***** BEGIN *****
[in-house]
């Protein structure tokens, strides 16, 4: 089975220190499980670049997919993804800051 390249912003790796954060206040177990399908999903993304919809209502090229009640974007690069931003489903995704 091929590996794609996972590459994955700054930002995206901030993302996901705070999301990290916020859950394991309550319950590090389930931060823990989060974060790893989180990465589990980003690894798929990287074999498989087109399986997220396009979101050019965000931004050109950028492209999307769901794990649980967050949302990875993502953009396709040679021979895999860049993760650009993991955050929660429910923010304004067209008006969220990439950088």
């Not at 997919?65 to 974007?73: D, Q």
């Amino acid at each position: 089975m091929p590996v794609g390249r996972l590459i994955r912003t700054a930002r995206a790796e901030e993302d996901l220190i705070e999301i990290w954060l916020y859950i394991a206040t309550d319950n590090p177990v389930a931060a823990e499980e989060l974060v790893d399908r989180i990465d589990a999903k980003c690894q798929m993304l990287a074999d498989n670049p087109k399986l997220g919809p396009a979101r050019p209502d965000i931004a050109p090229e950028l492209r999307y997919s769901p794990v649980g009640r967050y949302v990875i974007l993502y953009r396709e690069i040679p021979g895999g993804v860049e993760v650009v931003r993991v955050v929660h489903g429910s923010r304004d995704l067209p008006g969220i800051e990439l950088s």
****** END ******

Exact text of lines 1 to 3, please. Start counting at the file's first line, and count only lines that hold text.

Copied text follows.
[in-house]
């Protein structure tokens, strides 16, 4: 089975220190499980670049997919993804800051 390249912003790796954060206040177990399908999903993304919809209502090229009640974007690069931003489903995704 091929590996794609996972590459994955700054930002995206901030993302996901705070999301990290916020859950394991309550319950590090389930931060823990989060974060790893989180990465589990980003690894798929990287074999498989087109399986997220396009979101050019965000931004050109950028492209999307769901794990649980967050949302990875993502953009396709040679021979895999860049993760650009993991955050929660429910923010304004067209008006969220990439950088």
């Not at 997919?65 to 974007?73: D, Q």